Researchers from Kyushu University in Japan
have produced a hydrogel material that makes it possible for proteins
to survive aboard labs-on-a-chip.
Labs-on-a-chip are poised to enable tests that are currently carried
out in the lab to be carried out using portable devices that require considerably
smaller quantities of samples and chemicals. Proteins are especially important
in biological applications -- DNA's instructions involve forming different
types of proteins, which then carry out life's processes. Proteins, including
enzymes, need to remain hydrated.
The researchers's material -- glycosylated amino acetate -- contains
two types of nanoscale compartments: hydrophilic areas that trap large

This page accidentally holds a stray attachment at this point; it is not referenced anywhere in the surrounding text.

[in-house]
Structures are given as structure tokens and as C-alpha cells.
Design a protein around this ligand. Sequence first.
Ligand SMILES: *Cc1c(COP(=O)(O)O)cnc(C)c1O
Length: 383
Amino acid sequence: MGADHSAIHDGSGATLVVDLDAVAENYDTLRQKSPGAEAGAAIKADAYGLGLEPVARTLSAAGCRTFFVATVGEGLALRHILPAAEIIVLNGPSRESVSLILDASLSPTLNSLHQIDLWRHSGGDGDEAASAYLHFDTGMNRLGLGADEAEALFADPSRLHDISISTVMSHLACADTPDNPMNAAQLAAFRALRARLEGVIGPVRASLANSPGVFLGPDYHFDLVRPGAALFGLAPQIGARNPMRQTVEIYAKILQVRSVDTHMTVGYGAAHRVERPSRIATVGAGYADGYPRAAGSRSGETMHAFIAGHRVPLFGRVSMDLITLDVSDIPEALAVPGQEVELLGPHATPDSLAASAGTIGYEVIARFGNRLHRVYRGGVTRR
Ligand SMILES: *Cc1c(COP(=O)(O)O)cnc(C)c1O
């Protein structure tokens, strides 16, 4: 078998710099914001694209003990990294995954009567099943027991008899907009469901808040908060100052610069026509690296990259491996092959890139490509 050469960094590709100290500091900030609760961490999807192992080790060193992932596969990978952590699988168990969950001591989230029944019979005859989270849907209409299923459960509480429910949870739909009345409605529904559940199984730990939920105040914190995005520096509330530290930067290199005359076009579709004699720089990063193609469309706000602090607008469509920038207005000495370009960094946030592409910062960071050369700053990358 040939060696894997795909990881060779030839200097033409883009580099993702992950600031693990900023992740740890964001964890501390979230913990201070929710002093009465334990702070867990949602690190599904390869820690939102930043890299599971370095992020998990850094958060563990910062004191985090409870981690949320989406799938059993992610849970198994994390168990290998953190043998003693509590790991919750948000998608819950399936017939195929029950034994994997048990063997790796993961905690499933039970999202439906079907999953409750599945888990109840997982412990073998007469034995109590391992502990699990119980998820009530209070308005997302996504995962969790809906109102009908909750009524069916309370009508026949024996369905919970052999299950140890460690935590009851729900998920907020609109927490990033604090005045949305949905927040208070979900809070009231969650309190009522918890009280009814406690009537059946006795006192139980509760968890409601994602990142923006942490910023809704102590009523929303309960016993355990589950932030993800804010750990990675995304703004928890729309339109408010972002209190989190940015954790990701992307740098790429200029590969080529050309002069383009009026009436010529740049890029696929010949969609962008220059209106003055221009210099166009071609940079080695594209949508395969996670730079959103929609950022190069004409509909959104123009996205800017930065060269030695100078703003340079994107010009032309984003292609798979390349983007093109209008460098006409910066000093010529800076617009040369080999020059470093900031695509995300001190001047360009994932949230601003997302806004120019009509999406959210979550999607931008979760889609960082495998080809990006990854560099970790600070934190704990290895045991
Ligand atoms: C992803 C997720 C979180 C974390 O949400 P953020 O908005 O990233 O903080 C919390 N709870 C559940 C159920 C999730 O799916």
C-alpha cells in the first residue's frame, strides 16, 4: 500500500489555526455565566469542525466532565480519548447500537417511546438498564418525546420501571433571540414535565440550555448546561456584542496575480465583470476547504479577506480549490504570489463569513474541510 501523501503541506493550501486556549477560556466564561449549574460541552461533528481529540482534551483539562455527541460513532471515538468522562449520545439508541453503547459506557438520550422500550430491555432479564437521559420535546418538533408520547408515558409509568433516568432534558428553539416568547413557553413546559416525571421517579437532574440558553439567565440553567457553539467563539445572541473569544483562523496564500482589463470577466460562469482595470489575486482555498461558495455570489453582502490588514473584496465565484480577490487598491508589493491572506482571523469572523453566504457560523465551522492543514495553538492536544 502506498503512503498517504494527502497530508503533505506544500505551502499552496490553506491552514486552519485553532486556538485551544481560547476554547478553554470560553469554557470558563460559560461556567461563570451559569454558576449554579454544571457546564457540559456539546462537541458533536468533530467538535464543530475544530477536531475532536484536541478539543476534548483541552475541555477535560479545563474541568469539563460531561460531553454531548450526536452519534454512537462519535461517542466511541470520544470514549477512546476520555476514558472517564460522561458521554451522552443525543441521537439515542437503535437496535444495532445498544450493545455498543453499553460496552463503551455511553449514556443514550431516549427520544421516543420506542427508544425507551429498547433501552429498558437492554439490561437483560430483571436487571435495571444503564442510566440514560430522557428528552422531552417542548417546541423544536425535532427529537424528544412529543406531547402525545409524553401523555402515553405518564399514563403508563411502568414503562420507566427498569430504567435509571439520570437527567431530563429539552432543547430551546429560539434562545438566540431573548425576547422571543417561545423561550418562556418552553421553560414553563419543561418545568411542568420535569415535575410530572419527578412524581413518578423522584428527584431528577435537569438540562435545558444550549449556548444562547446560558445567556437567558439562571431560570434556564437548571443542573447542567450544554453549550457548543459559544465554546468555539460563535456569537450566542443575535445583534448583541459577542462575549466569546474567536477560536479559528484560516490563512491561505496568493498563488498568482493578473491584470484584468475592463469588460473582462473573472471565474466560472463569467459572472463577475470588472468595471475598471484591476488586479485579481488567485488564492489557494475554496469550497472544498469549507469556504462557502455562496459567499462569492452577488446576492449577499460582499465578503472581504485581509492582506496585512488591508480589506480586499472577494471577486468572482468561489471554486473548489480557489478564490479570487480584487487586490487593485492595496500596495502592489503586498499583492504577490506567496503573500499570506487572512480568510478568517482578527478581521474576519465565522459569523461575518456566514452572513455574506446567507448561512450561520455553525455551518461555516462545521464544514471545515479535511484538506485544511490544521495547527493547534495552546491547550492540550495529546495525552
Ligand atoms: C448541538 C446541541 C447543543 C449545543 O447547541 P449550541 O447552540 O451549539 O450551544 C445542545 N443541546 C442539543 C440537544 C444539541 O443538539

quantities of water, and hydrophobic areas that repel water, making for
a semi-wet chip.
The hydrophilic areas trap up to 99.9 percent of their weight
in water; these aqueous cavities can be used to carry out protein reactions.
The hydrophobic areas can be used for monitoring the reactions.
The researchers' semi-wet chips could be used to quickly screen
drugs to find those that inhibit various protein interactions, according
to the researchers.
The method could be used practically in two to five years, according
to the researchers. The work appeared in the December 7, 2003 issue of
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